The Ugly Goddess

Resigned to her fate as consort of the god Amun, 14 year old Princess Meret prepares to be confined in a temple for the rest of her life, with only a statue of the ugly goddess Taweret for company Meanwhile, a young Greek soldier Hector determines to save her from that fate in the hopes of winning her love And when the magical statue of the goddess disappears, it is theResigned to her fate as consort of the god Amun, 14 year old Princess Meret prepares to be confined in a temple for the rest of her life, with only a statue of the ugly goddess Taweret for company Meanwhile, a young Greek soldier Hector determines to save her from that fate in the hopes of winning her love And when the magical statue of the goddess disappears, it is the lowly shopsweeper Bata who finds it When the three meet and join forces in a desperate race across the desert, they find that the very security of Egypt is at stake Although only Bata knows the secret of the statue s powers, the wry and long suffering goddess uses all her wisdom and humor to guide the young people in their quest.With its fast paced plot, exciting adventures and escapes, and hint of romance, this book appeals to boys and girls alike.
The Ugly Goddess Resigned to her fate as consort of the god Amun year old Princess Meret prepares to be confined in a temple for the rest of her life with only a statue of the ugly goddess Taweret for company Mea

  • Title: The Ugly Goddess
  • Author: Elsa Marston
  • ISBN: 9780812626674
  • Page: 218
  • Format: Hardcover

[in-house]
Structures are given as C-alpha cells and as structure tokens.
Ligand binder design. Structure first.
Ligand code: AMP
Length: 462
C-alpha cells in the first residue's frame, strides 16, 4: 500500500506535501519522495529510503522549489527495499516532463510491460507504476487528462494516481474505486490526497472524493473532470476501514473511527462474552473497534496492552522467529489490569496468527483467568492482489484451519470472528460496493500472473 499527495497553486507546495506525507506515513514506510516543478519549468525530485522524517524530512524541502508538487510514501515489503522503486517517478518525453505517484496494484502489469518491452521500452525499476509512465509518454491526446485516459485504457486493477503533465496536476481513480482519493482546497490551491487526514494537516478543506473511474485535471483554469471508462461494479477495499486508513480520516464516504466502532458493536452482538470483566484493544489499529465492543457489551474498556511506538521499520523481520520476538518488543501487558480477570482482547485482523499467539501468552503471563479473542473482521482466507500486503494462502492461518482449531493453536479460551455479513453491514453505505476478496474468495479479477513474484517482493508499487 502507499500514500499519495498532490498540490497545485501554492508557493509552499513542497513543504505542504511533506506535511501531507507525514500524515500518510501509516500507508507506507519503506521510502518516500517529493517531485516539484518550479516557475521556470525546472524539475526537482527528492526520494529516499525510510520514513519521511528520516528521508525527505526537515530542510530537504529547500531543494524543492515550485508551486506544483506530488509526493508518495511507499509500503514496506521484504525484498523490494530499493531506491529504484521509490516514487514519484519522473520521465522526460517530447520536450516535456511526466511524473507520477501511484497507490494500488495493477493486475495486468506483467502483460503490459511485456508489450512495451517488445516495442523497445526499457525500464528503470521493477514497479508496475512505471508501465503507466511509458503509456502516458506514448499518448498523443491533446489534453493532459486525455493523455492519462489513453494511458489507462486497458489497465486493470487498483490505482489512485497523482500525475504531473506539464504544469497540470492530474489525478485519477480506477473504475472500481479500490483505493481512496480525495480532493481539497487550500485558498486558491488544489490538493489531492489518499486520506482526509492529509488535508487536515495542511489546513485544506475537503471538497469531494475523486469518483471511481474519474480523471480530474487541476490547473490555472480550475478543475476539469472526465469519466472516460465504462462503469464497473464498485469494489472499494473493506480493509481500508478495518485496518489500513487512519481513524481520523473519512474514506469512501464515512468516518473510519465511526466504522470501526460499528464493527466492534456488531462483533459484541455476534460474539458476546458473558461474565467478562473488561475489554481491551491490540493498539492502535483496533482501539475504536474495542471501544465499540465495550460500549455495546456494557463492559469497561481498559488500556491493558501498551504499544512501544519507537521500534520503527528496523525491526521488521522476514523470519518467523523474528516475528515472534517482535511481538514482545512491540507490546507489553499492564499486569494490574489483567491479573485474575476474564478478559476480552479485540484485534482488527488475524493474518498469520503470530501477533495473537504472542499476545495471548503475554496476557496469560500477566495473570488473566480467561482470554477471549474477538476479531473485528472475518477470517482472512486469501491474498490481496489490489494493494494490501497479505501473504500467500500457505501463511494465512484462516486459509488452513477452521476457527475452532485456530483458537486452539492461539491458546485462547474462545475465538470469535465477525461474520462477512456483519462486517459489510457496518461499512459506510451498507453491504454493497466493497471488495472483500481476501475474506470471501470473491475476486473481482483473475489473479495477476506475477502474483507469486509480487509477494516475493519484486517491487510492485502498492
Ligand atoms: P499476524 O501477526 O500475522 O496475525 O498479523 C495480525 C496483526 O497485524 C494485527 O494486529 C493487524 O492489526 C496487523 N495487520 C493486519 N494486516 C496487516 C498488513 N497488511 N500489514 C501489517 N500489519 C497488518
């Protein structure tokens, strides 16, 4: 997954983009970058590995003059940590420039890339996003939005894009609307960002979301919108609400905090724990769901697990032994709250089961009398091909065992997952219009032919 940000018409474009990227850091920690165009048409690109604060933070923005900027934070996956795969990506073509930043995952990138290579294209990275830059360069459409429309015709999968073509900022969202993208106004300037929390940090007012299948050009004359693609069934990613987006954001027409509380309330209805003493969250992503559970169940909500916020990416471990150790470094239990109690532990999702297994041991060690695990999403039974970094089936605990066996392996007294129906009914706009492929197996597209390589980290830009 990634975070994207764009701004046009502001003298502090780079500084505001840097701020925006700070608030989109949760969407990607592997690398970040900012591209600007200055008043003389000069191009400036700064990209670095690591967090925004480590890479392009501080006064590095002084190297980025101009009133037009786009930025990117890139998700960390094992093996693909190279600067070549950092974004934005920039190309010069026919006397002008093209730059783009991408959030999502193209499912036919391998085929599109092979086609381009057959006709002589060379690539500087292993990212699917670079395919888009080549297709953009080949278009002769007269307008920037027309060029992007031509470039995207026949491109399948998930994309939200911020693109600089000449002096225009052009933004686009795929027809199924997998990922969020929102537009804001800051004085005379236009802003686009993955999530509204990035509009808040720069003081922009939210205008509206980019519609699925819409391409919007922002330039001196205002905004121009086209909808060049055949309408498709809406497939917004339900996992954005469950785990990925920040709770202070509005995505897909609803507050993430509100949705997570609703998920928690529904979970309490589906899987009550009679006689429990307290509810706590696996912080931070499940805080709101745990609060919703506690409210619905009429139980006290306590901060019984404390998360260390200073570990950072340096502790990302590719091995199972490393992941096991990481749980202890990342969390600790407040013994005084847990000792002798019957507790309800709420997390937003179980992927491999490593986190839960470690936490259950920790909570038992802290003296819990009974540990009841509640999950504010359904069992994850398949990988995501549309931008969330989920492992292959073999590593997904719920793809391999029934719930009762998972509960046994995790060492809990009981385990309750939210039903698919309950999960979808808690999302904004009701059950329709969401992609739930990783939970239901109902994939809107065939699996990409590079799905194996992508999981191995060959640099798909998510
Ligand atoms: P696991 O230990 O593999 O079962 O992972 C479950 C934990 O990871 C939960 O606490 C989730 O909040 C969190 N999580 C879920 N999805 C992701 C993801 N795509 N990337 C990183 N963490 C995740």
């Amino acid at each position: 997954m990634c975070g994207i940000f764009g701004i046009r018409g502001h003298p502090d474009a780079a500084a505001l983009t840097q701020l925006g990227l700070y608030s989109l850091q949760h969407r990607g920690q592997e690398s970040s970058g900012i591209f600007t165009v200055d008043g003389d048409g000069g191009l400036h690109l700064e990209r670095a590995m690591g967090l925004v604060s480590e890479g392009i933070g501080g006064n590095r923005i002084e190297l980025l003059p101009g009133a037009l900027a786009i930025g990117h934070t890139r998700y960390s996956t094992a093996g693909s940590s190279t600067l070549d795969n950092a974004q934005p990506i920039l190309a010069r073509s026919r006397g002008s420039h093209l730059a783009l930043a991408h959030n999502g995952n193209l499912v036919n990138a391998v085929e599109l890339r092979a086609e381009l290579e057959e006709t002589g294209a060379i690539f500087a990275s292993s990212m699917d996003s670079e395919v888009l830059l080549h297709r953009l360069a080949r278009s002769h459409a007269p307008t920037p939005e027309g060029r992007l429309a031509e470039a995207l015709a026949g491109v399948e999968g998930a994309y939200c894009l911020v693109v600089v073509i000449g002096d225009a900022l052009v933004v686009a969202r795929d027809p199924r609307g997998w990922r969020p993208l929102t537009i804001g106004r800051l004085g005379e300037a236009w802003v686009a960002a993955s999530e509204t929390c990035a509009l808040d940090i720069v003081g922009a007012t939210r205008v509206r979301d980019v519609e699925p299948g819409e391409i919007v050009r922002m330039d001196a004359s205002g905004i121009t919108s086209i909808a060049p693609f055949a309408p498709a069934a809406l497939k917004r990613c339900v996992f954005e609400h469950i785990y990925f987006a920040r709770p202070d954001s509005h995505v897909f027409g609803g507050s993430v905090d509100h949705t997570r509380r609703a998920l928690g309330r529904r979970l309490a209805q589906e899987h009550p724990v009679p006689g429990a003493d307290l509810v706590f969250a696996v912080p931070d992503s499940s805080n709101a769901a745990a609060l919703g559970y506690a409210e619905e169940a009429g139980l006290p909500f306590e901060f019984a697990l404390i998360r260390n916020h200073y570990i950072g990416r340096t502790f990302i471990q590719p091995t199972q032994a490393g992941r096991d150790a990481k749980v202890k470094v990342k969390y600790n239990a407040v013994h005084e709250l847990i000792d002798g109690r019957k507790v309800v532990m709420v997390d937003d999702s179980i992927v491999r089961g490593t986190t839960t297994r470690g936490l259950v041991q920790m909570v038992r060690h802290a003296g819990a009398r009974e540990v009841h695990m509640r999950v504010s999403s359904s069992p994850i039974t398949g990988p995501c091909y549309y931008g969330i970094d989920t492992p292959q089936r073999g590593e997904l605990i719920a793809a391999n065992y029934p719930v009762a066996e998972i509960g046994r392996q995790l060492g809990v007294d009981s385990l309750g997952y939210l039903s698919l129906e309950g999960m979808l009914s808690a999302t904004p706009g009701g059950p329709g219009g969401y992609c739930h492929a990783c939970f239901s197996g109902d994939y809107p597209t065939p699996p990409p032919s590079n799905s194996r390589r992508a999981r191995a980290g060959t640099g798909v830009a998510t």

• 1 thought on “The Ugly Goddess”

    1. I chose this book to read for my Global History I class. I'm not a big fan of Historical Fiction books but this book was worth reading. It is about a shop sweeper named Bata. His master Smendes has made a statue of the goddess Taweret and it is up to Bata to deliver the statue of the goddess to Princess Meret after his master passes away. Meanwhile, Princess Meret is kidnapped and it is up to Bata and a Greek soldier named Hector to save the princess and present the statue. They have to do it qu [...]

    2. Faith vs. reason is a clear theme of the book. The author is not a Christian, and the reality of the Egyptian gods may be unnerving to Christian readers. The book is dedicated to those who had faith in the goddess, which could mean only the writing of the book.

    3. I'm sure its good in an educational way since tries so hard to be historically accurate, but I also got bored right away. So I only made it a few paragraphs. That's really all it takes for me to know I won't enjoy something.

    4. In most historical fiction set in Egypt that I have read, the story takes place either during Cleopatra's reign or during the eighteenth dynasty. It was interesting to read a story set during the twenty-fifth dynasty.

    5. was boring at some times, but it was a unique and interesting story. i loved how the goddess came to life, but i didn't really like Meret's attitude. and bata was a little tooexplained.

    Leave a Reply

    Your email address will not be published. Required fields are marked *